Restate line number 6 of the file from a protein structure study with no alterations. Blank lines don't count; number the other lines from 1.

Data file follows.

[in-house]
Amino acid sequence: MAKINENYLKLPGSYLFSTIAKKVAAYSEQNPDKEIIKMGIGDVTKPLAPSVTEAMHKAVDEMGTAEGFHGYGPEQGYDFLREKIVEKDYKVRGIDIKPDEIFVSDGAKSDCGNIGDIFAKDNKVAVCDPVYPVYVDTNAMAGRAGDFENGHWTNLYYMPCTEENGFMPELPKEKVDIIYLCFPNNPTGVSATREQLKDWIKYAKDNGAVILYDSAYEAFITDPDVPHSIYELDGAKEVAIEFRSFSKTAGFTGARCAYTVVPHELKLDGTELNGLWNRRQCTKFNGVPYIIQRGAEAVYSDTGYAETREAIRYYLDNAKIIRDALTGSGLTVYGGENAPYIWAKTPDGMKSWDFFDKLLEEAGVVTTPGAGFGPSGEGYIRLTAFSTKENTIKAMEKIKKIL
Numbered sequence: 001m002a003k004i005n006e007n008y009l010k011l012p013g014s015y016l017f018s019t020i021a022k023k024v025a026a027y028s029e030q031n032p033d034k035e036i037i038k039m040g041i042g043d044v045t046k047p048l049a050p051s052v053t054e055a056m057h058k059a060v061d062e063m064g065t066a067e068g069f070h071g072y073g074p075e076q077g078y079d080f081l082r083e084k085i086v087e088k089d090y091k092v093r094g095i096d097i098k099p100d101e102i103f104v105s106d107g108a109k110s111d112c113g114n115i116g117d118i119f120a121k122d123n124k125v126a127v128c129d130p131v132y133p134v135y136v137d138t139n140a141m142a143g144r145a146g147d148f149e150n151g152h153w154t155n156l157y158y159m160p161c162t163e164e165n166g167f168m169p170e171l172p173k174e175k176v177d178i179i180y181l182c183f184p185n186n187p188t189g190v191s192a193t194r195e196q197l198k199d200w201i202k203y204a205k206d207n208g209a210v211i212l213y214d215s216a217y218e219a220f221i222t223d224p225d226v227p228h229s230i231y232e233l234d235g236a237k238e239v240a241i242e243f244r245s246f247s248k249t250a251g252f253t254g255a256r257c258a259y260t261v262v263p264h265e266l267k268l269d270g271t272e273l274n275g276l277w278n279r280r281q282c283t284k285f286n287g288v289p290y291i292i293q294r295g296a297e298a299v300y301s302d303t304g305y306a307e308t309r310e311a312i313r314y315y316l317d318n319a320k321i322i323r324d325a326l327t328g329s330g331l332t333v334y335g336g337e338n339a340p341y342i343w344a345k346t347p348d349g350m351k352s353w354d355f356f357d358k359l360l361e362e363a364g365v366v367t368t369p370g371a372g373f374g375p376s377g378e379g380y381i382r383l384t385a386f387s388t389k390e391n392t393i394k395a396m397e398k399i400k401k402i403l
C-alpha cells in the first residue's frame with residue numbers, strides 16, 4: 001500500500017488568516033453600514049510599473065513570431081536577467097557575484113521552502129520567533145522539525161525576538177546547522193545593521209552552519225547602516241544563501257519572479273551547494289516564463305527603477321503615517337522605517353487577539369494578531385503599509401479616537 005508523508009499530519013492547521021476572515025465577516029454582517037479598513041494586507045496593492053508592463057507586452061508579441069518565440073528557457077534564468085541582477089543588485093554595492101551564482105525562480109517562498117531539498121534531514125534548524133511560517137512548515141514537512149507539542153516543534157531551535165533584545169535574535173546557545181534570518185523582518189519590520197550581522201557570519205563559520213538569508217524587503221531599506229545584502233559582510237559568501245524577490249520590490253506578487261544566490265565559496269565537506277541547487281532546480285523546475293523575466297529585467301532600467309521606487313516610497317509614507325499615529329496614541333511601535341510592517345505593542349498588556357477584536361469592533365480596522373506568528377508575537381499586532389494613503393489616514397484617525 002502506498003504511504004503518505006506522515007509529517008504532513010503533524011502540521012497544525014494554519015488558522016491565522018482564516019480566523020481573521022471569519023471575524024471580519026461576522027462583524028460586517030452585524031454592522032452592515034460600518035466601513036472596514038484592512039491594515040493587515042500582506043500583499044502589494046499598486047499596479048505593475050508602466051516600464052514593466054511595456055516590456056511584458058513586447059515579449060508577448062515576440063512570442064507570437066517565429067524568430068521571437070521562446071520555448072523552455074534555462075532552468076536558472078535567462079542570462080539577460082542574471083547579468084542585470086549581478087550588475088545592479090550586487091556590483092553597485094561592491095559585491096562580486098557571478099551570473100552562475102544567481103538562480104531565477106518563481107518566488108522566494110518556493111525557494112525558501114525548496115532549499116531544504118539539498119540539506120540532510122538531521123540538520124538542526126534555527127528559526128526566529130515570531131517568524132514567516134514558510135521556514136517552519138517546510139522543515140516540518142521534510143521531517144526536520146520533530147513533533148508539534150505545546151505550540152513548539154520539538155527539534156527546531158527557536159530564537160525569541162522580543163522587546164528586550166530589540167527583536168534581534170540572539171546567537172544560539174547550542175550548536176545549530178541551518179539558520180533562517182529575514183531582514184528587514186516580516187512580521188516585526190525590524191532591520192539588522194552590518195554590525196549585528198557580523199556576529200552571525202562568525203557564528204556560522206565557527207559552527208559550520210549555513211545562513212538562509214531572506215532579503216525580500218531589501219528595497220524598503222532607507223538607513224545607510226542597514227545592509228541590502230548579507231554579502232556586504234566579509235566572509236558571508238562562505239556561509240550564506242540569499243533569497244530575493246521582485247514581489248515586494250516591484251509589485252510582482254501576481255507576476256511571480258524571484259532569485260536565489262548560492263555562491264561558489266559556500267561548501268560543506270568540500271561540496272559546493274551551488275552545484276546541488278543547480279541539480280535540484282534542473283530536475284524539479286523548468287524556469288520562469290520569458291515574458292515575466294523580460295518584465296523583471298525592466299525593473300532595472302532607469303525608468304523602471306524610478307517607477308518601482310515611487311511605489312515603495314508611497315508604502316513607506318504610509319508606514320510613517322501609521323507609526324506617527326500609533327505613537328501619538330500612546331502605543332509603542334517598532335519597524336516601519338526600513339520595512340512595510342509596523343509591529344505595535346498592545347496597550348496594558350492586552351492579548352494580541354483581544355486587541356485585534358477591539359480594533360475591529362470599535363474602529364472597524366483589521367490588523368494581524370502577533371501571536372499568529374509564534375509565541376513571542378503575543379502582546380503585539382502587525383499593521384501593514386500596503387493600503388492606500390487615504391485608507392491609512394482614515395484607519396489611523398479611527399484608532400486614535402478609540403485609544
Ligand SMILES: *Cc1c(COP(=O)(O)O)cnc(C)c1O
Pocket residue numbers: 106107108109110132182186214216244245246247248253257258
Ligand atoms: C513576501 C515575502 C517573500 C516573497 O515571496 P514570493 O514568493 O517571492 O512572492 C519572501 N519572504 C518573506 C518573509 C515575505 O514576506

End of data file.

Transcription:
Pocket residue numbers: 106107108109110132182186214216244245246247248253257258